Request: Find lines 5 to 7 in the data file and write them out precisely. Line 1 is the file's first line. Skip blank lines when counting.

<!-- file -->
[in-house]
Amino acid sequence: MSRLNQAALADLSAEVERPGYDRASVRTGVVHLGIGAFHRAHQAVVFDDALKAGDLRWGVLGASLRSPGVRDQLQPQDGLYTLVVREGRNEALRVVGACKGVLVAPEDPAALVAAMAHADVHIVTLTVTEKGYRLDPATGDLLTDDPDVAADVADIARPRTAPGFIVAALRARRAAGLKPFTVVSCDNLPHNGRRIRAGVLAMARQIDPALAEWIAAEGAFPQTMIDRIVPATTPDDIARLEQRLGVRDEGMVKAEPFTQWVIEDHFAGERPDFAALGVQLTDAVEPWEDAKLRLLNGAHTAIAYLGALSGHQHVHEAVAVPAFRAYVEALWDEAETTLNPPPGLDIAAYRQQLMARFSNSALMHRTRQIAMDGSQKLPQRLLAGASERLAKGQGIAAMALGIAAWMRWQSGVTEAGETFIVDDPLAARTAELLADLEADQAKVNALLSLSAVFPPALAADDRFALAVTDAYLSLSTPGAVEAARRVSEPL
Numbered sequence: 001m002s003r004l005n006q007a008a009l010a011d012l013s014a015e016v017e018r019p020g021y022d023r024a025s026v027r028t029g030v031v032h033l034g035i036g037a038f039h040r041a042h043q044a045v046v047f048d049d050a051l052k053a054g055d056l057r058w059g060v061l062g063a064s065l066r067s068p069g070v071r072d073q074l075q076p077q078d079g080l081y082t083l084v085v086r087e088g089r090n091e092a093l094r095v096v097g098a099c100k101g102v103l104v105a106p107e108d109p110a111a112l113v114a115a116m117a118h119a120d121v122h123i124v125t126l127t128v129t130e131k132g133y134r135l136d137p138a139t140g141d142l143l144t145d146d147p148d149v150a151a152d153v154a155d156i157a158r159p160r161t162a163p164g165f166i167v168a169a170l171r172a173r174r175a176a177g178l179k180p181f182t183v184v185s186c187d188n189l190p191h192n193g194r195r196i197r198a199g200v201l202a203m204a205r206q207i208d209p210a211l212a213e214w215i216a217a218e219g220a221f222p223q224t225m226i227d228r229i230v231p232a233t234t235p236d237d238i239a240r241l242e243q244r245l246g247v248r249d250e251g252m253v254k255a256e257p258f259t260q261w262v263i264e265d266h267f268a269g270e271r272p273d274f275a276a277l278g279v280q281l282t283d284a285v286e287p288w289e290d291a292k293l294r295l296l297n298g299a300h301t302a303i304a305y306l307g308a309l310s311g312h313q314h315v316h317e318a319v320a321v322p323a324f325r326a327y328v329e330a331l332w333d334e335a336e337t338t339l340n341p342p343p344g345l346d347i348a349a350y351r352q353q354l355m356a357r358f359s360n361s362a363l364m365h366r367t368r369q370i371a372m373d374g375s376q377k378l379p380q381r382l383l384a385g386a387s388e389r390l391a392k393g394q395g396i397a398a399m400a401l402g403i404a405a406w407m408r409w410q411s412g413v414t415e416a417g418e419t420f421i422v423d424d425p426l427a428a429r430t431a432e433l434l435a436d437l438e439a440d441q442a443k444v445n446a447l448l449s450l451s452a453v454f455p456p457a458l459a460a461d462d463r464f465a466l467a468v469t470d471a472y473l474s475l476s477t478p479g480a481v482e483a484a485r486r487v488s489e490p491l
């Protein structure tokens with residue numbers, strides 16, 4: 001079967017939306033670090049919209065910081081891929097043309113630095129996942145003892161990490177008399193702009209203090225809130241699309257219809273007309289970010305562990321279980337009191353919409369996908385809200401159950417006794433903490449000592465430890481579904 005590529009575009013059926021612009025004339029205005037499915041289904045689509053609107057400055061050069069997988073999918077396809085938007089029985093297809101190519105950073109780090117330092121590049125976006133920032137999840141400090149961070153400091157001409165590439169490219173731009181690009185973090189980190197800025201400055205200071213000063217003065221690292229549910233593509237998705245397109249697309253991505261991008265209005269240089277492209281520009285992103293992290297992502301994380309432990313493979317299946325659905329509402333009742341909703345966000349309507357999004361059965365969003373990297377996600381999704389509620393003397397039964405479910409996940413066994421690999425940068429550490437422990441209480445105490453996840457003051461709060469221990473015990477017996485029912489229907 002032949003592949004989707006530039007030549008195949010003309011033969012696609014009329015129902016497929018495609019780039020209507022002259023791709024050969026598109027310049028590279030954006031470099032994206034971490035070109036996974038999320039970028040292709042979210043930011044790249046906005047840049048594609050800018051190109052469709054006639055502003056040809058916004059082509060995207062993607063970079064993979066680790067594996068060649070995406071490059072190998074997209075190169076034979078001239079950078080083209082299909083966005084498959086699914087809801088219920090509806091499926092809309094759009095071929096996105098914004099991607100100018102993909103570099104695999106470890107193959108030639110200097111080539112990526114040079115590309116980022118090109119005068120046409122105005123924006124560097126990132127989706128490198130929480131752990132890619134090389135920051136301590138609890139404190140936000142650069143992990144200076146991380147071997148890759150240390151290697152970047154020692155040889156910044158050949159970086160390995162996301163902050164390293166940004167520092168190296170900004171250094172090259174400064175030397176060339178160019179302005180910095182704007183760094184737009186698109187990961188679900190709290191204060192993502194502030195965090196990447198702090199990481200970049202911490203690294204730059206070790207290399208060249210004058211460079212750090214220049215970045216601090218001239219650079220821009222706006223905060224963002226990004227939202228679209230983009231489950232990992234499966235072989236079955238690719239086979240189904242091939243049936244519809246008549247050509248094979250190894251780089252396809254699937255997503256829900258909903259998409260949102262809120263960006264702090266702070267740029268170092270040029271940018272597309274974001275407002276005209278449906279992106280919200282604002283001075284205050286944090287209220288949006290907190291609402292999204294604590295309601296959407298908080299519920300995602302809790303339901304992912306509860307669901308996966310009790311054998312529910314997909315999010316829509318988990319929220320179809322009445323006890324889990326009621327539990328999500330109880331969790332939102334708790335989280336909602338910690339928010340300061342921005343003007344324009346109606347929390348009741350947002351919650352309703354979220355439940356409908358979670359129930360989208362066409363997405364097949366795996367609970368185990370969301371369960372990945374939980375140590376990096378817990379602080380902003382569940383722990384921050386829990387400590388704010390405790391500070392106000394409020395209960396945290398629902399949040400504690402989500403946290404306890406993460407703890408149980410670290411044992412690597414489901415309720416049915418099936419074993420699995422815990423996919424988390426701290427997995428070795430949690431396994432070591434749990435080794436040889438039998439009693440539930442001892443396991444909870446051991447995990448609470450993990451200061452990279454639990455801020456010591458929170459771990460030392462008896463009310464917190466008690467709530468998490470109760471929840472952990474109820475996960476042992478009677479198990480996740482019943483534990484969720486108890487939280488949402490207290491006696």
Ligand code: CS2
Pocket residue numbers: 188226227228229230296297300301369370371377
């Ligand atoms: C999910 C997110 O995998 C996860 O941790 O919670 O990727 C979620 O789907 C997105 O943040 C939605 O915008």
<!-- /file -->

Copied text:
Ligand code: CS2
Pocket residue numbers: 188226227228229230296297300301369370371377
């Ligand atoms: C999910 C997110 O995998 C996860 O941790 O919670 O990727 C979620 O789907 C997105 O943040 C939605 O915008």